“I was there (in San Diego) for about six months without seeing any of my college friends, which was tough,” said Ralph.

Last fall, Ralph’s soccer season was canceled at Amherst College due to pandemic concerns.

“I definitely had to be pretty adaptable and motivated to find other things I was interested in,” she noted.

Ralph said that it was important for her to remember that good things were coming. “Staying optimistic was definitely beneficial to get me through the time alone,” she said.

Ready to be outside again

Meekie Inman, a senior human development student at Hampshire College, has struggled with the isolation and stress that has come with living at home with her 93-year-old grandmother and moving from New York City to the locked-down residential community of Amherst.

“Being in a small school meant there were already fewer opportunities for me to (be around) people but now everybody’s huddled up in their houses which I respect because we’re all here to be safe … but I do miss people,” Inman, 20, said. “I am ready to be outside and see people again my own age.”

Inman said that she has tried to find little tasks to keep herself occupied and that the last year has reminded her of all the ways she entertained herself when she was younger as an only child. In addition, she has been trying to find ways to celebrate her last year as an undergraduate in the pandemic.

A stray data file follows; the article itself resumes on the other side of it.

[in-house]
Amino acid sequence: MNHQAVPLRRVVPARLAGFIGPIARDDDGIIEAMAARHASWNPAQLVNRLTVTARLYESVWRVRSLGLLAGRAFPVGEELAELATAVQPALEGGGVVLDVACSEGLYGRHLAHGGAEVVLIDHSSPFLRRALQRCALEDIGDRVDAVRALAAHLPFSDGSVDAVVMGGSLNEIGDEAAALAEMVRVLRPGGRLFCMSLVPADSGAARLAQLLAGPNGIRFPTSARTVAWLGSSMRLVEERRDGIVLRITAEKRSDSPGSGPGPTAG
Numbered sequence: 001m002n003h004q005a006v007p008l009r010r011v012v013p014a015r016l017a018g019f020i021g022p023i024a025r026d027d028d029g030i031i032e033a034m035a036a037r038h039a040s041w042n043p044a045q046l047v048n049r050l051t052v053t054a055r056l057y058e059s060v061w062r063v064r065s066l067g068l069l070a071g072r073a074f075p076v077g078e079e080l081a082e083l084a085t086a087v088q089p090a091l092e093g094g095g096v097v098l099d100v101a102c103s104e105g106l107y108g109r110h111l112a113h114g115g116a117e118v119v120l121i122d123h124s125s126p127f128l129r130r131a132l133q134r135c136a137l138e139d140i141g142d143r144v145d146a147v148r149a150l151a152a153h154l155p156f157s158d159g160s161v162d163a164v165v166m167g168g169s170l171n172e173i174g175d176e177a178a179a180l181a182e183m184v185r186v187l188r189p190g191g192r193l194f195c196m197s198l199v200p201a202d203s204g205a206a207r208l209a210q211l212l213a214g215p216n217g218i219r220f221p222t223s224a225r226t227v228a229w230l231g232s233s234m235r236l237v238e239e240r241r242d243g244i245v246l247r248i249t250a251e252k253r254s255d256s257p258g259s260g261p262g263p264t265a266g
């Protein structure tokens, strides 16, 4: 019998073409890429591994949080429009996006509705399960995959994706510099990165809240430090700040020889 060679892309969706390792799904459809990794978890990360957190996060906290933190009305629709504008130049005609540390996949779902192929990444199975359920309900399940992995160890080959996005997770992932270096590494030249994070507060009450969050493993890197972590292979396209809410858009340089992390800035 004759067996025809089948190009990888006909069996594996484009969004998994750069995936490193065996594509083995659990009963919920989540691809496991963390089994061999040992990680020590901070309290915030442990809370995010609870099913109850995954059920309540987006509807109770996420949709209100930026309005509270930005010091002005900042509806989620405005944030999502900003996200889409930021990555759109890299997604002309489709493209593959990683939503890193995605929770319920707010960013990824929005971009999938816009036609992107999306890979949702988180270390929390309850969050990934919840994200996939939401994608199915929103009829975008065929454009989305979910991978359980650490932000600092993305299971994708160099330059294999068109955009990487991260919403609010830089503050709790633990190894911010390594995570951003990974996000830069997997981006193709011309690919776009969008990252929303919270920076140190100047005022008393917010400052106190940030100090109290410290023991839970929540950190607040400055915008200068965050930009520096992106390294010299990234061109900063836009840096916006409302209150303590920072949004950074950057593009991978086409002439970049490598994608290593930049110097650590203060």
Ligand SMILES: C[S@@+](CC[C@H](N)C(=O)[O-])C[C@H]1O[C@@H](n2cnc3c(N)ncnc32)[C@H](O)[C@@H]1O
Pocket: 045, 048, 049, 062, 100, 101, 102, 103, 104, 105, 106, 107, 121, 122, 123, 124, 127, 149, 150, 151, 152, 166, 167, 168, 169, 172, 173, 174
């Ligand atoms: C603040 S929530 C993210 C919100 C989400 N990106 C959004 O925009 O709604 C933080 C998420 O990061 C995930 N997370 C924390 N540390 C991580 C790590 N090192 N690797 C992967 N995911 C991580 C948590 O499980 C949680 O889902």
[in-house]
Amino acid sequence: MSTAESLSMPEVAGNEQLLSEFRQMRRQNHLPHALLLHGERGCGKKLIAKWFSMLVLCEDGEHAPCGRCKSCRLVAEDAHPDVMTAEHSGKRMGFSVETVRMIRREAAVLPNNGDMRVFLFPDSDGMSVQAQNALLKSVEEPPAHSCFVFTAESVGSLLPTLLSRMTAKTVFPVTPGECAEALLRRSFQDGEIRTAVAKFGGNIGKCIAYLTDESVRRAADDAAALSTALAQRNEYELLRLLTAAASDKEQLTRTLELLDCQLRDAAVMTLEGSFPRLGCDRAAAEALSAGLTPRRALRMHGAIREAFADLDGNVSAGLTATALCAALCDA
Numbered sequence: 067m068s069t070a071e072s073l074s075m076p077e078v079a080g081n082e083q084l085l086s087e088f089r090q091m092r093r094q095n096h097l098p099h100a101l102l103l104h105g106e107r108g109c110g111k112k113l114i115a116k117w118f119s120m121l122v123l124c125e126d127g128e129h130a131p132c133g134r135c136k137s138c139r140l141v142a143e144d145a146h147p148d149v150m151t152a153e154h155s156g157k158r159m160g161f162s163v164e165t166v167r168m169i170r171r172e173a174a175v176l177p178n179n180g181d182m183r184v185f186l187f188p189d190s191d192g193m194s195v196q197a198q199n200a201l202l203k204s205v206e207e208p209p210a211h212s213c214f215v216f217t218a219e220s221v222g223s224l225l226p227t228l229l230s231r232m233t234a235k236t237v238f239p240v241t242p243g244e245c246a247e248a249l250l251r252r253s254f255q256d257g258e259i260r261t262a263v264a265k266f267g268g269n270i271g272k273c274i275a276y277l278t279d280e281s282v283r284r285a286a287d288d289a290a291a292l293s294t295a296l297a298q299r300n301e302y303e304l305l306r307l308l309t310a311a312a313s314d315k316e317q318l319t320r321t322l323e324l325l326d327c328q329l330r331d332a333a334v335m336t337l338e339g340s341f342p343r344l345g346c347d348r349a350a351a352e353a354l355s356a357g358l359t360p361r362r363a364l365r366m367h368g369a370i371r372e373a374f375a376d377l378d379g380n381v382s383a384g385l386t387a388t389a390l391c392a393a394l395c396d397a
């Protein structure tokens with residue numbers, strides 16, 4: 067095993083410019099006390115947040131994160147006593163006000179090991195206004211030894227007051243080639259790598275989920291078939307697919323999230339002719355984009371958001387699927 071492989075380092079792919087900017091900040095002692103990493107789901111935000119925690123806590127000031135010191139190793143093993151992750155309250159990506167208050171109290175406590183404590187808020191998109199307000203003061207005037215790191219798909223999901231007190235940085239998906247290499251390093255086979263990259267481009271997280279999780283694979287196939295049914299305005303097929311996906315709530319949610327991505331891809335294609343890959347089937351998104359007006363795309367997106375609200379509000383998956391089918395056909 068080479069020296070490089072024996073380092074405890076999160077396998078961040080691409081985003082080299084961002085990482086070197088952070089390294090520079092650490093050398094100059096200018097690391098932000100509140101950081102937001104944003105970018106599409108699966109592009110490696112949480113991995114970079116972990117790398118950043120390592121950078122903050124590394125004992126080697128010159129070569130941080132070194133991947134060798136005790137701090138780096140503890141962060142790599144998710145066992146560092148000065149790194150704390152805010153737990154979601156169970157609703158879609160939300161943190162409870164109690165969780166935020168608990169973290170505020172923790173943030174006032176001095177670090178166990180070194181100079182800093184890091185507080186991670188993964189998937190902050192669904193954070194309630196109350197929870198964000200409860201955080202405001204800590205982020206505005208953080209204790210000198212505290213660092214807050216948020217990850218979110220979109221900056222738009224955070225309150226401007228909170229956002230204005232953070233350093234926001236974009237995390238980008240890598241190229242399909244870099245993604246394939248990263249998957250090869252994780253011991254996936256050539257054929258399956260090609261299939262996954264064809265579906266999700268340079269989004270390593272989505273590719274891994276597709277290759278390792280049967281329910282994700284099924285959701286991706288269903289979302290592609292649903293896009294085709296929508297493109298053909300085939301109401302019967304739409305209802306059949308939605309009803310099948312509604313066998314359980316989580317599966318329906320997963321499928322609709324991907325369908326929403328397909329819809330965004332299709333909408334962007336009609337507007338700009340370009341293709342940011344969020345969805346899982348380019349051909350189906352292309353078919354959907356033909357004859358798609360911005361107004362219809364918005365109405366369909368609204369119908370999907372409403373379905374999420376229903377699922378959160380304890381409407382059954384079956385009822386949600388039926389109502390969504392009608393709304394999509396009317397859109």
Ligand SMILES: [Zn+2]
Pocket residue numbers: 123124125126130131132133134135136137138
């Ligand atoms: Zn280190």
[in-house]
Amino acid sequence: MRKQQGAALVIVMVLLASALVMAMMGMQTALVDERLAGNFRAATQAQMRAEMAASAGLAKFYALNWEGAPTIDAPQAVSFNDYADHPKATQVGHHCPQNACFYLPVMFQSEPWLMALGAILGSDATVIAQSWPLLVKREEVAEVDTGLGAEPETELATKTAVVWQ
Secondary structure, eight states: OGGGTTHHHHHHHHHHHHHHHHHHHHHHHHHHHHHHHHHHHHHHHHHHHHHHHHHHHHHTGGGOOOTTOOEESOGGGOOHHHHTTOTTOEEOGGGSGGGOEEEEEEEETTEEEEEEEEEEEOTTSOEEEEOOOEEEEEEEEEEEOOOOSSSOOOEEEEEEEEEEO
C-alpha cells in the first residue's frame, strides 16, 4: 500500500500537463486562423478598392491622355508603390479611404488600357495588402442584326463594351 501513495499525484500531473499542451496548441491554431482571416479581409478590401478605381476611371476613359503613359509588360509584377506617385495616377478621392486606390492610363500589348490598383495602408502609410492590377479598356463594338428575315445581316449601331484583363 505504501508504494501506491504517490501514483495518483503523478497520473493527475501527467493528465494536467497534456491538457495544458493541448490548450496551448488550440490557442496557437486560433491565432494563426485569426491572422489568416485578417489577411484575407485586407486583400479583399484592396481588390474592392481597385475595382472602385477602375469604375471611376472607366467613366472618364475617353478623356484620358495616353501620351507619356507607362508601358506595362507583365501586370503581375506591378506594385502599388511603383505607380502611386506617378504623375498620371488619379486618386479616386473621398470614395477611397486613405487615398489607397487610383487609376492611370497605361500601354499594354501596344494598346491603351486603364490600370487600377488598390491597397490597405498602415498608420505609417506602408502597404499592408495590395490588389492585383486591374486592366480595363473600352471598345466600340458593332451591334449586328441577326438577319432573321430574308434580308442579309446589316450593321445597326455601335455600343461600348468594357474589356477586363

“I’m trying to figure out how to enjoy my last year without breaking safety guidelines and also without making myself or others uncomfortable but also remembering to celebrate myself,” she said.

Pushing through the challenges 

Maddy Sewell, a freshman biochemistry student at Mount Holyoke College, is thankful that things are starting to reopen as she has grappled with making college connections in quarantine.

“It’s been good being back on campus. I really enjoy being here and there are opportunities that are opening up as everything starts to reopen a little bit,” Sewell, 19, said. “I’m just happy to say that I’m starting to make a lot more friends now because when you’re on Zoom it’s really hard to make those initial connections.”

A native of Scottsdale, Arizona, Sewell was a senior in high school when the pandemic struck leading to the cancellation of her prom and a socially distanced graduation.